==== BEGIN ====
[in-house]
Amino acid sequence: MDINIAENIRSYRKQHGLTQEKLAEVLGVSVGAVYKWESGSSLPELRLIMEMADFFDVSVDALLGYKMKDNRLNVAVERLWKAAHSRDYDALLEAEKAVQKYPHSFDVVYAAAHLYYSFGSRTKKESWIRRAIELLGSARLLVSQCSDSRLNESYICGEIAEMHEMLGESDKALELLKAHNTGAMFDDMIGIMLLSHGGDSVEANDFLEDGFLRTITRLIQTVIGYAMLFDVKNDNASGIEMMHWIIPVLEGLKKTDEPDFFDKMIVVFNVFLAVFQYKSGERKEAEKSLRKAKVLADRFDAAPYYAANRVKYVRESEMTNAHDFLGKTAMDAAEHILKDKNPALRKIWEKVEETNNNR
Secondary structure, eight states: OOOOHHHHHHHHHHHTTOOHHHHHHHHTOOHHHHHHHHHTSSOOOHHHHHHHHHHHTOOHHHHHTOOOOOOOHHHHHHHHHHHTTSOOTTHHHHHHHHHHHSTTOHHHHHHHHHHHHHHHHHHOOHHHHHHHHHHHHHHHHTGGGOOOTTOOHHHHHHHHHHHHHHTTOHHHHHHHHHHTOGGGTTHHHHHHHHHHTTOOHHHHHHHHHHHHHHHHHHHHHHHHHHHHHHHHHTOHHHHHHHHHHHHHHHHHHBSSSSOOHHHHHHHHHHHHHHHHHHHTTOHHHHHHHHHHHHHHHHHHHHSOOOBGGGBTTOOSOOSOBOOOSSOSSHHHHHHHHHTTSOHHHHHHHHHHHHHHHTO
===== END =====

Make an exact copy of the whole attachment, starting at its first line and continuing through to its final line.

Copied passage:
[in-house]
Amino acid sequence: MDINIAENIRSYRKQHGLTQEKLAEVLGVSVGAVYKWESGSSLPELRLIMEMADFFDVSVDALLGYKMKDNRLNVAVERLWKAAHSRDYDALLEAEKAVQKYPHSFDVVYAAAHLYYSFGSRTKKESWIRRAIELLGSARLLVSQCSDSRLNESYICGEIAEMHEMLGESDKALELLKAHNTGAMFDDMIGIMLLSHGGDSVEANDFLEDGFLRTITRLIQTVIGYAMLFDVKNDNASGIEMMHWIIPVLEGLKKTDEPDFFDKMIVVFNVFLAVFQYKSGERKEAEKSLRKAKVLADRFDAAPYYAANRVKYVRESEMTNAHDFLGKTAMDAAEHILKDKNPALRKIWEKVEETNNNR
Secondary structure, eight states: OOOOHHHHHHHHHHHTTOOHHHHHHHHTOOHHHHHHHHHTSSOOOHHHHHHHHHHHTOOHHHHHTOOOOOOOHHHHHHHHHHHTTSOOTTHHHHHHHHHHHSTTOHHHHHHHHHHHHHHHHHHOOHHHHHHHHHHHHHHHHTGGGOOOTTOOHHHHHHHHHHHHHHTTOHHHHHHHHHHTOGGGTTHHHHHHHHHHTTOOHHHHHHHHHHHHHHHHHHHHHHHHHHHHHHHHHTOHHHHHHHHHHHHHHHHHHBSSSSOOHHHHHHHHHHHHHHHHHHHTTOHHHHHHHHHHHHHHHHHHHHSOOOBGGGBTTOOSOOSOBOOOSSOSSHHHHHHHHHTTSOHHHHHHHHHHHHHHHTO